Fourth-place finish motivates Schopp
OKLAHOMA CITY, Okla. – For A.J. Schopp, the goal is the same, only the year has changed.
“I already have it in my phone. It did say 2014 133-pound National Champion. Right after I lost I changed it to 2015. Because I know I’ve got to set new goals. Every time I see it it’s right there and I really do want it,” the Edinboro 133-pounder and Tyrone Area High School grad said Saturday after he finished fourth in the 2014 NCAA Division I Wrestling Championships at Chesapeake Energy Arena.
“It’s frustrating, kind of. I really wanted to be on top. I know I could’ve done it, obviously.”
Schopp dominated Minnesota’s David Thorn by major decision, 12-4, in the consolation semifinals. Then, in the third-place bout, he was edged, 1-0, by Northern Iowa’s Joe Colon, who entered the tournament as the No. 1 seed. It’s the second consecutive fourth-place finish for Schopp.
Schopp, along with teammates Mitchell Port (third at 141) and David Habat (fourth at 149) spurred the Fighting Scots to a fifth-place finish. Schopp said they want more.
“We came in here thinking, yeah, we’ll probably get Top 10, but thinking it’d be nice to get a team trophy [by finishing in the top four]. Now that we’re this close it’s like, ‘why not us?’ It’d be nice,” he said.
“Obviously you’ve got to care for yourself, but really now we see that our team can do it. It would be phenomenal for us to get that team trophy. Little, small Edinboro’s coming up on top. It’d be nice to get it.”
Schopp and Port, who is from Bellefonte, both relish the chance to excel even in the shadow of Penn State.
“I love it. I always say I love when people doubt me and give me that motivation. Doubt me. Because then when I do it it makes it just so much better,” he said.
Five Nittany Lions, like Schopp, finished earlier Saturday, short of the raised platform of the finals, but placewinners and All-Americans just the same.
Nico Megaludis (125) finished third, Zain Retherford (141) and Matt Brown (174) placed fifth, and James English (149) and Morgan McIntosh (197) finished seventh.
Megaludis decisioned Iowa’s Cory Clark, 5-2, in the consolation semifinals and then dominated Virginia Tech’s Joey Dance, 6-1, in the third-place bout. He’s a three-time All-American. He was runner-up his first two years.
Retherford gave up a takedown in the second sudden victory period and lost to Port, 3-1, in the consolation semifinals. He received a medical forfeit in the fifth-place bout.
“I wanted to win. I came in wanting to win the tournament. That didn’t happen but it’s early in my career yet. I’ve got at least three more opportunities here so I’m just looking forward to that,” the true freshman said.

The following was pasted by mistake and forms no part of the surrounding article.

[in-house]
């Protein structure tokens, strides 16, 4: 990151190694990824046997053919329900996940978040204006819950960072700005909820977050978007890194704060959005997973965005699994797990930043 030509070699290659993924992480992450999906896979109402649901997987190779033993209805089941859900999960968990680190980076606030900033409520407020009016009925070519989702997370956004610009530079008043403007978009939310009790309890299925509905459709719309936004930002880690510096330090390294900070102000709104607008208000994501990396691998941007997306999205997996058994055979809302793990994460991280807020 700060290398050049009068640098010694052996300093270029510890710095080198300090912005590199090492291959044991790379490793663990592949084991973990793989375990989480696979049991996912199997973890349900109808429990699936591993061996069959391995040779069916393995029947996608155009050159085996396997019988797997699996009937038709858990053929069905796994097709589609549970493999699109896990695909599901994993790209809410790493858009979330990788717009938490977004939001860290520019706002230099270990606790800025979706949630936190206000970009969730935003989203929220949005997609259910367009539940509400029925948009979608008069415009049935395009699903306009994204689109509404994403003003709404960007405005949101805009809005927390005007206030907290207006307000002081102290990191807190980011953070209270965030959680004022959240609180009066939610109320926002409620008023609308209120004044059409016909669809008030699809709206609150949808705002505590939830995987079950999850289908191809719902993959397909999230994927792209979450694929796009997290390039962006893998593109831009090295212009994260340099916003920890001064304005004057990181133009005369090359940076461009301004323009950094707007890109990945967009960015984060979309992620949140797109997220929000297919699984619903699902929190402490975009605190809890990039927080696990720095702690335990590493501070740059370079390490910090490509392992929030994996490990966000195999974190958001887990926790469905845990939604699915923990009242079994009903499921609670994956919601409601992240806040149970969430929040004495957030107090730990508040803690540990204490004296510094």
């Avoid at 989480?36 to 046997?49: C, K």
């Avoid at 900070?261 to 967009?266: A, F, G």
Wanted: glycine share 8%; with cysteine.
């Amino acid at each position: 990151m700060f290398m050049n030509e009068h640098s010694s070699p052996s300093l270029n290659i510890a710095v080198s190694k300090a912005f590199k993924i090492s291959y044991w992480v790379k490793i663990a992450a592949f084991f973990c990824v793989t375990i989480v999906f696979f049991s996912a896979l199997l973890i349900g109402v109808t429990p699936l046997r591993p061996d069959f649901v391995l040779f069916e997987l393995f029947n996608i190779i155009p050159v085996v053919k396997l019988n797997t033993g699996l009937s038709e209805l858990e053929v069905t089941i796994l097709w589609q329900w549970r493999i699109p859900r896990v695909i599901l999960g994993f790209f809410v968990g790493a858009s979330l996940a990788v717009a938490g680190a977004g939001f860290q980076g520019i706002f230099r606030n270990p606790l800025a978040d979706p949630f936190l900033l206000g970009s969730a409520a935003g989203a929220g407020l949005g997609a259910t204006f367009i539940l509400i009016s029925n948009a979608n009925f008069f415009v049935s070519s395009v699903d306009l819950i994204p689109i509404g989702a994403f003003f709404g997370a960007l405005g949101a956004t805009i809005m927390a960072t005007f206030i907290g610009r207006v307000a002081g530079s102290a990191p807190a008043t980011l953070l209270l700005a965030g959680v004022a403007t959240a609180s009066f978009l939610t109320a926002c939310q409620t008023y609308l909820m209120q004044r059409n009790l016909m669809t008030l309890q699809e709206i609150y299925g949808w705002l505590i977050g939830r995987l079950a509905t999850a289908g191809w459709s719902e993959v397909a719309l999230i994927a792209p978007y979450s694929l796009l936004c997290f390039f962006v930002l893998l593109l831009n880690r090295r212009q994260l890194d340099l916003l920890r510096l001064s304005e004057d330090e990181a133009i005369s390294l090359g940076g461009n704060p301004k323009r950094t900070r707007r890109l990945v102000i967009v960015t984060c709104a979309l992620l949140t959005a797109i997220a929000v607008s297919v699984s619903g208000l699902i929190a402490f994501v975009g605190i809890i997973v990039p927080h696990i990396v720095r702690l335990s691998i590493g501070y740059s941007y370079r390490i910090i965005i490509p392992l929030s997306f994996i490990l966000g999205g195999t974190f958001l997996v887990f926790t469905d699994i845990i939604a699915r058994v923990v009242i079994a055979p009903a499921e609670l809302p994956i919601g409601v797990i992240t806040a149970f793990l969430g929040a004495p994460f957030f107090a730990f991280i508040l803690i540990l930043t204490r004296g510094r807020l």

Brown lost 3-1 in sudden victory to Minnesota’s Logan Storley in the consolation semifinals. Then, in the fifth-place bout, he met Iowa’s Mike Evans for the fifth time this season. Evans beat Brown in the quarterfinals. but Brown got revenge with a 6-3 win for fifth.
“I think the difference was he went out and scored again,” Penn State coach Cael Sanderson said. “Instead of, ‘I got my takedown, I’m good to go,’ he scored another takedown, and that changes the whole mentality.”
Perhaps the most compelling story of the tournament was English earning All-America status. The sixth-year senior has battled back, neck and shoulder injuries, and it was only late this season he earned the starting nod.
English was paired with Oklahoma’s Kendric Maple, who was the 141-pound champ a year ago. The match went into the tiebreaker period tied, 1-1. English escaped with 10 seconds to go in the first 30 seconds and then rode Maple for the whole 30 seconds to earn a 2-1 win and seventh-place finish.
After English had his hand raised, he ran to Sanderson, who picked him and slung him over his shoulder and carried him away.
“I thought and thought about bringing him in and saying, ‘Hey, James, you don’t need to spend the money to go to school again.’ I was almost giving up on him there for a while. But he just kept coming and coming, and it’s just perseverance,” Sanderson said.
“It’s not even about the team race, it’s just about a kid who just kept fighting. To go out with a win in a crucial time, that’s a big deal. That’s an emotional deal. That was pretty cool.”
English was still in tears moments later when he addressed the media and talked about his ride on his coach’s shoulder.
“It was pretty awesome. I look up to our coaches. They’re not only the best coaches but the best people in the world. Cael told me after the match that I made him so proud and that meant the world to me. Just that feeling at the end was awesome,” he said.
McIntosh decisioned Iowa’s Nathan Burak, 3-1, to take seventh.